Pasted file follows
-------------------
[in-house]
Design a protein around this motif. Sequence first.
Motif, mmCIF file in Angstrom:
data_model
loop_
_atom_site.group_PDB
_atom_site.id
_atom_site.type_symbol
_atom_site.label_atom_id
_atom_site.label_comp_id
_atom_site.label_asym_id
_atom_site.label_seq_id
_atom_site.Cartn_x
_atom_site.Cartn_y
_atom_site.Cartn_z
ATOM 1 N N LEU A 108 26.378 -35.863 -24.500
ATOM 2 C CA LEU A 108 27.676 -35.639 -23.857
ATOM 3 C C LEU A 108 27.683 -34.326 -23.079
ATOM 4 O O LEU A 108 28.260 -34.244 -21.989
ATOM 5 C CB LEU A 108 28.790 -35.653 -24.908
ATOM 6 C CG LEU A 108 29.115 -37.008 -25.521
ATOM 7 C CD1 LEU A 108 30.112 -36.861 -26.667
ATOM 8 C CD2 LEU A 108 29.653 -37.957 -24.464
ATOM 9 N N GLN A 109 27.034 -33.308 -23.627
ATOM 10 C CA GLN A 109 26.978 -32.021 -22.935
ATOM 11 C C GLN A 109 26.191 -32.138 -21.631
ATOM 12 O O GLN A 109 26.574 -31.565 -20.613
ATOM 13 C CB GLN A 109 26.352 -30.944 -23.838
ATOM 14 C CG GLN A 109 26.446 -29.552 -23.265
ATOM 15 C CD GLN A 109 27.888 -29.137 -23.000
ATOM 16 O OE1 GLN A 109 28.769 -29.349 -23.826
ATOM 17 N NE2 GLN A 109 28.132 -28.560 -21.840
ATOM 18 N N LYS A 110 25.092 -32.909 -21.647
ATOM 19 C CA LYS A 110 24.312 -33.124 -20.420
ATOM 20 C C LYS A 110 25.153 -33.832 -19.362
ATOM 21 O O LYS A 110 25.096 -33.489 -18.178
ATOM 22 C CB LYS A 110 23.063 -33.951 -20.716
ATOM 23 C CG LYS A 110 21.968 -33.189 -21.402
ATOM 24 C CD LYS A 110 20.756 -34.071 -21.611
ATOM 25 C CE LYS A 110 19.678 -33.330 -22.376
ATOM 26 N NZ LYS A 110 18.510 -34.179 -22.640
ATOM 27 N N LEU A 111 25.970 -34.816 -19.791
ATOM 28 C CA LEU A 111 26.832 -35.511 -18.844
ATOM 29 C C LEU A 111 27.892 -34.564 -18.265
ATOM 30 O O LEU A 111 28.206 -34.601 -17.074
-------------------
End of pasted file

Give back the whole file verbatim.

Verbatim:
[in-house]
Design a protein around this motif. Sequence first.
Motif, mmCIF file in Angstrom:
data_model
loop_
_atom_site.group_PDB
_atom_site.id
_atom_site.type_symbol
_atom_site.label_atom_id
_atom_site.label_comp_id
_atom_site.label_asym_id
_atom_site.label_seq_id
_atom_site.Cartn_x
_atom_site.Cartn_y
_atom_site.Cartn_z
ATOM 1 N N LEU A 108 26.378 -35.863 -24.500
ATOM 2 C CA LEU A 108 27.676 -35.639 -23.857
ATOM 3 C C LEU A 108 27.683 -34.326 -23.079
ATOM 4 O O LEU A 108 28.260 -34.244 -21.989
ATOM 5 C CB LEU A 108 28.790 -35.653 -24.908
ATOM 6 C CG LEU A 108 29.115 -37.008 -25.521
ATOM 7 C CD1 LEU A 108 30.112 -36.861 -26.667
ATOM 8 C CD2 LEU A 108 29.653 -37.957 -24.464
ATOM 9 N N GLN A 109 27.034 -33.308 -23.627
ATOM 10 C CA GLN A 109 26.978 -32.021 -22.935
ATOM 11 C C GLN A 109 26.191 -32.138 -21.631
ATOM 12 O O GLN A 109 26.574 -31.565 -20.613
ATOM 13 C CB GLN A 109 26.352 -30.944 -23.838
ATOM 14 C CG GLN A 109 26.446 -29.552 -23.265
ATOM 15 C CD GLN A 109 27.888 -29.137 -23.000
ATOM 16 O OE1 GLN A 109 28.769 -29.349 -23.826
ATOM 17 N NE2 GLN A 109 28.132 -28.560 -21.840
ATOM 18 N N LYS A 110 25.092 -32.909 -21.647
ATOM 19 C CA LYS A 110 24.312 -33.124 -20.420
ATOM 20 C C LYS A 110 25.153 -33.832 -19.362
ATOM 21 O O LYS A 110 25.096 -33.489 -18.178
ATOM 22 C CB LYS A 110 23.063 -33.951 -20.716
ATOM 23 C CG LYS A 110 21.968 -33.189 -21.402
ATOM 24 C CD LYS A 110 20.756 -34.071 -21.611
ATOM 25 C CE LYS A 110 19.678 -33.330 -22.376
ATOM 26 N NZ LYS A 110 18.510 -34.179 -22.640
ATOM 27 N N LEU A 111 25.970 -34.816 -19.791
ATOM 28 C CA LEU A 111 26.832 -35.511 -18.844
ATOM 29 C C LEU A 111 27.892 -34.564 -18.265
ATOM 30 O O LEU A 111 28.206 -34.601 -17.074